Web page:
[Health] VideoChat is working now - hooray!

Paul Heinzelmann paul.heinzelmann at gmail.com
Mon Oct 13 20:56:26 EDT 2008

I sense that there are a lot of new and yet-to-be-discovered ways to use
these kind of low-bandwidth capabilities for health (including consultation,
collaboration, and education).  The perceived value of these will always be
user-dependent and likely require a trial and error approach.

In terms of a role for clinical consultation:  The tough sell, in my
opinion, is to engage specialists who are expected to diagnose. The more
appropriate role for video function may be to simply triage patients and
make simple decisions rather than definitively diagnose or assess patients.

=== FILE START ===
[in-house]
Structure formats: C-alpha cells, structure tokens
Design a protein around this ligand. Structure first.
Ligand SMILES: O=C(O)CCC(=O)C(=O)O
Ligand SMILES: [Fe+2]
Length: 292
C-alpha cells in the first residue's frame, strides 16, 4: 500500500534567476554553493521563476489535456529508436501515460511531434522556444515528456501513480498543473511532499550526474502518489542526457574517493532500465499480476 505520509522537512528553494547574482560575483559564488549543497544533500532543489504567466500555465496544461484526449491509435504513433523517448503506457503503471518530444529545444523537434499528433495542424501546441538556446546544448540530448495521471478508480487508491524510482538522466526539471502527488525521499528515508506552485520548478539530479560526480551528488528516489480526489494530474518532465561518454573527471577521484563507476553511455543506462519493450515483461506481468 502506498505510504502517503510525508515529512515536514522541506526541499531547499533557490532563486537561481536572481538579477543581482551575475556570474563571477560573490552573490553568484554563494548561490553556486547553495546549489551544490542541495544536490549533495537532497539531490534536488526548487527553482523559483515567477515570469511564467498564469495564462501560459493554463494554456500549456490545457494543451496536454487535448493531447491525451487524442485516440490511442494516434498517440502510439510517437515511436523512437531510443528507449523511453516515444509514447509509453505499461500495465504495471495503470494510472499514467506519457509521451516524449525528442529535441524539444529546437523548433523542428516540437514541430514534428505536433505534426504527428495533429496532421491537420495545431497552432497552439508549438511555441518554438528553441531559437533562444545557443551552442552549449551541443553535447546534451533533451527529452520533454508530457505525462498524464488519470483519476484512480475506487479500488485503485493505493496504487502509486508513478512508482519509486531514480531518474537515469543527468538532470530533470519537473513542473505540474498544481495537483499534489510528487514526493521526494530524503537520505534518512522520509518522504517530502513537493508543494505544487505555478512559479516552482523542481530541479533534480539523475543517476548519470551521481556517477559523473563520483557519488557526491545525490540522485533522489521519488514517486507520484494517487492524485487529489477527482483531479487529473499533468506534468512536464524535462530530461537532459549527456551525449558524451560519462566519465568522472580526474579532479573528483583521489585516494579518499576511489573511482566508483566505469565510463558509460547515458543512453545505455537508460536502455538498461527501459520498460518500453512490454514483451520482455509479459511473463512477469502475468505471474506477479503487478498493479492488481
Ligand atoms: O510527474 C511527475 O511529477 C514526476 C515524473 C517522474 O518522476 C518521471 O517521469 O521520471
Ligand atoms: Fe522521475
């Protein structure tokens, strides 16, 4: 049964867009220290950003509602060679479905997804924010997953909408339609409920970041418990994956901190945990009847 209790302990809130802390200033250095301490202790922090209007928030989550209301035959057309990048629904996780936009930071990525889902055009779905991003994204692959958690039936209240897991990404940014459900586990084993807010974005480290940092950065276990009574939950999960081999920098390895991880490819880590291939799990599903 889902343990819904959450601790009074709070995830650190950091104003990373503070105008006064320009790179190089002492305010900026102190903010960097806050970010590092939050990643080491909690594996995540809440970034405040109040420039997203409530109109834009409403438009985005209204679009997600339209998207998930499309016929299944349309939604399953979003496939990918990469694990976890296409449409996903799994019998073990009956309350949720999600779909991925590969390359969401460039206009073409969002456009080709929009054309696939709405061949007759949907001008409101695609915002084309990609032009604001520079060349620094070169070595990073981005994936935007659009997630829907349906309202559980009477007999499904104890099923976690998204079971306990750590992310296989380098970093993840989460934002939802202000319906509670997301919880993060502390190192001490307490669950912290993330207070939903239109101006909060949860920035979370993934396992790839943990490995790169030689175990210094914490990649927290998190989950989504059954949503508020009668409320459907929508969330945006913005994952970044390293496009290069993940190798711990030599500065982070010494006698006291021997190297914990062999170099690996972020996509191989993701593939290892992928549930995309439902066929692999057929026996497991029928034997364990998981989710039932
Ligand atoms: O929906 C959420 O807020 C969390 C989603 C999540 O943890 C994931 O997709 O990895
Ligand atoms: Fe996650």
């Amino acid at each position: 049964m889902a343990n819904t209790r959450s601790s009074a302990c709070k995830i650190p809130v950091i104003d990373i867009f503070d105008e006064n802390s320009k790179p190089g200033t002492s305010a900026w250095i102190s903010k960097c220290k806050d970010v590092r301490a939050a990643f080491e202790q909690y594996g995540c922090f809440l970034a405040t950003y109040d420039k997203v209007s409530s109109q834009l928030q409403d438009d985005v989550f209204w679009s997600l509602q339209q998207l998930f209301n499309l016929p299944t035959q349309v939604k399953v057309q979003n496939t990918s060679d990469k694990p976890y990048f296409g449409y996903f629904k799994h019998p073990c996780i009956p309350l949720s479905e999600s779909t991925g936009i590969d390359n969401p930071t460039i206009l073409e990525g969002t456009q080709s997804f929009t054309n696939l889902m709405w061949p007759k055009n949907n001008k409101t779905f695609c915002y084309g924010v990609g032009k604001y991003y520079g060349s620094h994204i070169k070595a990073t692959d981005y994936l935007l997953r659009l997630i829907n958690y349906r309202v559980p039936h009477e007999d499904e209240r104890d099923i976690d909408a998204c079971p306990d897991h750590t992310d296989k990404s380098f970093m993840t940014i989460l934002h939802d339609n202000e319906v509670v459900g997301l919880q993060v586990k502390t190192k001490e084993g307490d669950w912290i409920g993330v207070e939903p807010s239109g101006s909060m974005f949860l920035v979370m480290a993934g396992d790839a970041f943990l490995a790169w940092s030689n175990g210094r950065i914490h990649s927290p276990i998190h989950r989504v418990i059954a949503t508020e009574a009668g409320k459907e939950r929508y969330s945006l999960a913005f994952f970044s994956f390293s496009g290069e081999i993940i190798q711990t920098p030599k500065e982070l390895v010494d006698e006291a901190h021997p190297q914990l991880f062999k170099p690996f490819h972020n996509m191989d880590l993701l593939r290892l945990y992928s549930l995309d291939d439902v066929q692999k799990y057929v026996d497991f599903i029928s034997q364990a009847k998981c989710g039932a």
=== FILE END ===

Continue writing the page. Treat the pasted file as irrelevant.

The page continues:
Just food for thought. Best wishes


On Mon, Oct 13, 2008 at 8:04 PM, Martin Langhoff
<martin.langhoff at gmail.com>wrote:

> 2008/10/14  <david at lang.hm>:
> > but those are not all cases.
> exactly. There's a lot of fun to be had, and a lot to learn with this.
> Might be useful in some cases (perhaps growing number of cases, if
> connectivity improves over time) and more things become viable.
> For health purposes, it will probably not be useful, except for a tiny
> % of cases. If people want health tools, that's a different project.
> Let's refocus that camera on collaboration and education.
> m
> --
>  martin.langhoff at gmail.com
>  martin at laptop.org -- School Server Architect
>  - ask interesting questions
>  - don't get distracted with shiny stuff  - working code first
>  - http://wiki.laptop.org/go/User:Martinlanghoff

Paul Heinzelmann, MD
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